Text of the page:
Lagos, Nigeria, August 7, 2012--The Committee to Protect Journalists condemns an attack on two journalists by soldiers in Sierra Leone and calls on authorities to investigate and bring the perpetrators to justice.
Radio Gbafth, an independent community radio station in Tonkolili district, was attacked by supporters of a local politician on July 19, 2012, according to local journalists and the Media Foundation of West Africa, a Ghana-based press freedom organization. The politician, John Raka Conteh, also known as Potas, had been invited as a panelist on one of the station's programs to discuss the postponement of the local election, the reports said.
New York, June 15, 2011--Police in Sierra Leone have arrested three suspects, including a police officer, for the killing of a reporter this Sunday during violent clashes over a land dispute on the outskirts of the capital, Freetown, according to local journalists.
Ibrahim Foday, 38, a reporter at the private daily newspaper The Exclusive, was beaten and stabbed by assailants during an outbreak of violence between neighboring villages Kossoh and Grafton, 16 miles (25 kilometers) southeast of the capital, Freetown, according to Sierra Leone Association of Journalists (SLAJ). Foday, a resident of Grafton, was attacked for taking photographs of Kossoh rioters.
We write a lot at CPJ about the terrible things that happen to journalists because of their reporting, but we don't often get a chance to show you what happens to them after they are forced to flee their homes and land abroad. This video, about three such journalists, is worth watching.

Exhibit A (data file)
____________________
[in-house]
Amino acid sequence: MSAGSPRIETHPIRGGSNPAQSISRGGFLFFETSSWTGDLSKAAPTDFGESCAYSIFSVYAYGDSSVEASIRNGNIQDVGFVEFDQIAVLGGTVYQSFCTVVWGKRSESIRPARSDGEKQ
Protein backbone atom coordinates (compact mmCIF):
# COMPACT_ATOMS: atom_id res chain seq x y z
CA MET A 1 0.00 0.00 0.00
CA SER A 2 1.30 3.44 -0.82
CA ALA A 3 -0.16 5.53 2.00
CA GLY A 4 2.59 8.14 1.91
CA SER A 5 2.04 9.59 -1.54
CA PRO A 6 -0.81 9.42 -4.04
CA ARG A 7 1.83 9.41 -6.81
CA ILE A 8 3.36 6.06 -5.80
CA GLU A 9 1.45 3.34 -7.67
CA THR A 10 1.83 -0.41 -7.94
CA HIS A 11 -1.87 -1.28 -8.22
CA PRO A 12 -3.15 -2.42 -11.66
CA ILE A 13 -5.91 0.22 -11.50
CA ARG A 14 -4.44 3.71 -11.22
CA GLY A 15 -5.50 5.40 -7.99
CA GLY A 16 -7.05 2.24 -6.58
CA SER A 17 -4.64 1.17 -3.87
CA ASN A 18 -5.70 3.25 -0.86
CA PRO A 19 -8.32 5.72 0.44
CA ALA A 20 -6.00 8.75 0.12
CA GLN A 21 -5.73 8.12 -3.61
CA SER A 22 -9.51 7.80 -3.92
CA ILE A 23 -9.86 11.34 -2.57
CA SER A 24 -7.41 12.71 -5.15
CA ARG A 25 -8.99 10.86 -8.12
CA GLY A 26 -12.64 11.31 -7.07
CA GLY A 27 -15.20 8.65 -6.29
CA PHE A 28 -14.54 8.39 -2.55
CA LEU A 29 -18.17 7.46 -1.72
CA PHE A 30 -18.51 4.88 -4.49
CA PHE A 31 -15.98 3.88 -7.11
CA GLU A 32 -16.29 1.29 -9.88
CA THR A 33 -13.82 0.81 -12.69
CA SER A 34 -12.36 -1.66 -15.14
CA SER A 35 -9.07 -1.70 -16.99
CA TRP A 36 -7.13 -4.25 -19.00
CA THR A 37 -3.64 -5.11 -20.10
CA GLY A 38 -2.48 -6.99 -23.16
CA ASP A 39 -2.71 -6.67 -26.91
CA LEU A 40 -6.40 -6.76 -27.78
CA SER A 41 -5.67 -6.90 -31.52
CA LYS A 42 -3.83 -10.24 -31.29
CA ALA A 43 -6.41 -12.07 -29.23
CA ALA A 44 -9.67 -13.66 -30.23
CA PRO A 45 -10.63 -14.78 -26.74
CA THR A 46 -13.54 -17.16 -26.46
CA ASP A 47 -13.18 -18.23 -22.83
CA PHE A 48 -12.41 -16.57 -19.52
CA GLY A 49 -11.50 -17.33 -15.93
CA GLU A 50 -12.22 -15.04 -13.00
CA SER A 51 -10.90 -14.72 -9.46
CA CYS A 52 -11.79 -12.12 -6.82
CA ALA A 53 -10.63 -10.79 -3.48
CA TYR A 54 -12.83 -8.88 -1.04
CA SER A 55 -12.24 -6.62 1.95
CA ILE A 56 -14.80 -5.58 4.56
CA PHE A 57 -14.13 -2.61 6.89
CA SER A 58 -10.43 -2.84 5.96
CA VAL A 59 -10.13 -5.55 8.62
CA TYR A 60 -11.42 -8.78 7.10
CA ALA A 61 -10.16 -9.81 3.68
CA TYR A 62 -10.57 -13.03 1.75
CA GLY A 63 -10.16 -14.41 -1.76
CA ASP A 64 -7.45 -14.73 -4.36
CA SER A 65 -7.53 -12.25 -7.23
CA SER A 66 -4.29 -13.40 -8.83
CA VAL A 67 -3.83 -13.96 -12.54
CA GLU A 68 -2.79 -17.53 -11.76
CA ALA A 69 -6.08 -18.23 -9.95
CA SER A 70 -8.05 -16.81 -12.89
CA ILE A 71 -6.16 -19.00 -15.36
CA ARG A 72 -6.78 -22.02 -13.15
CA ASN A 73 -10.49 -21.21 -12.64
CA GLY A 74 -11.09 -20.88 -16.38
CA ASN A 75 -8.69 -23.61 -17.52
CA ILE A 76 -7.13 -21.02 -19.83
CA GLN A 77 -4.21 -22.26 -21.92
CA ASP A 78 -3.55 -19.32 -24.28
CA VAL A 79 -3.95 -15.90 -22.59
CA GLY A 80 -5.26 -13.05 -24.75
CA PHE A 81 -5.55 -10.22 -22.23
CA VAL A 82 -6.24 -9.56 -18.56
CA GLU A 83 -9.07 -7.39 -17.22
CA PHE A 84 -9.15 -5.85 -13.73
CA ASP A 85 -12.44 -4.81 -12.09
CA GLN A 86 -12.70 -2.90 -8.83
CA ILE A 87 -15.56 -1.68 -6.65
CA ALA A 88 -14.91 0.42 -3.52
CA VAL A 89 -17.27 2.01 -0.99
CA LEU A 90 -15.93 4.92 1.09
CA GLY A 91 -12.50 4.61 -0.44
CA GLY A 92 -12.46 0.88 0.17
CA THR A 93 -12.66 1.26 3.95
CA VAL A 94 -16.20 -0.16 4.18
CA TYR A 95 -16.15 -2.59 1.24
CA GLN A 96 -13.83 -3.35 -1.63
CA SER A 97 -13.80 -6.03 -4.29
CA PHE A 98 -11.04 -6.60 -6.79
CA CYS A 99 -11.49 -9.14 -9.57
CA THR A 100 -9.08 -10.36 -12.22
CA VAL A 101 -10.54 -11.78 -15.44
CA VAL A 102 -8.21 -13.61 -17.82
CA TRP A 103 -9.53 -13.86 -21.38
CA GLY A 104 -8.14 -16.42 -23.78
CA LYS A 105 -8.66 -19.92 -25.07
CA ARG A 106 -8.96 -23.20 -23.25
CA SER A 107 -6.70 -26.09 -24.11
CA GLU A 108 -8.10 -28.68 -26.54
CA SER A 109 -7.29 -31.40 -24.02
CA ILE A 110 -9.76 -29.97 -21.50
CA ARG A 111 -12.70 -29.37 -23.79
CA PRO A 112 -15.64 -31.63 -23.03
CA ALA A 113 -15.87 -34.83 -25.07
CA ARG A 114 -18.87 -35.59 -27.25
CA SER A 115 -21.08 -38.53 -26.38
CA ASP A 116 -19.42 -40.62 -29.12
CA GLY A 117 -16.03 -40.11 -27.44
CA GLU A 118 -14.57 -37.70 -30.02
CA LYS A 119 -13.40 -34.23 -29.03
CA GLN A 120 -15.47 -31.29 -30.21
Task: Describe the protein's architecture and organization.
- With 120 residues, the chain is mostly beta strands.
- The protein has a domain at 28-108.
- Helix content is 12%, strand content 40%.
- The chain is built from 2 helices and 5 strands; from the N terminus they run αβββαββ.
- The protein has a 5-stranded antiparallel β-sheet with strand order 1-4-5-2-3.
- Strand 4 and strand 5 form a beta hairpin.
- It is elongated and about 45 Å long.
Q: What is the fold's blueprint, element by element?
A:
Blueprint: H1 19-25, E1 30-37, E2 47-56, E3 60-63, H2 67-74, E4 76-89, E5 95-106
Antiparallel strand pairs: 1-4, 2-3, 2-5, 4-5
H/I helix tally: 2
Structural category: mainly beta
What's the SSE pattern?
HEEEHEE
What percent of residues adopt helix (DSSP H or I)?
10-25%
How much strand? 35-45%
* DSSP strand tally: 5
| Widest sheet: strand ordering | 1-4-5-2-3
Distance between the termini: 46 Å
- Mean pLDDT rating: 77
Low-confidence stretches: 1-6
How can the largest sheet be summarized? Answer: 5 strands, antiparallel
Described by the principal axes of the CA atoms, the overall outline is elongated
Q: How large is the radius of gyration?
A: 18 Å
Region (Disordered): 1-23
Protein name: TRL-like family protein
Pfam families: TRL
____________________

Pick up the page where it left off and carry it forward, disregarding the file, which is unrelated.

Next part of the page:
The case had all the hallmarks of a sordid thriller.
There was "a rogue politician, a journalist getting killed, a staunchly
incurious police, and the media in frenzy," veteran journalist Lansana Gberie wrote
in the New African, describing the fatal
2005 beating of editor Harry Yansaneh in
New York, March 23, 2009 -- The already murderous conditions for the press in Sri Lanka and Pakistan deteriorated further in the past year, the Committee to Protect Journalists has found in its newly updated Impunity Index, a list of countries where journalists are killed regularly and governments fail to solve the crimes. Colombia, historically one of the world’s deadliest nations for the press, improved as the rate of murders declined and prosecutors won important recent convictions.
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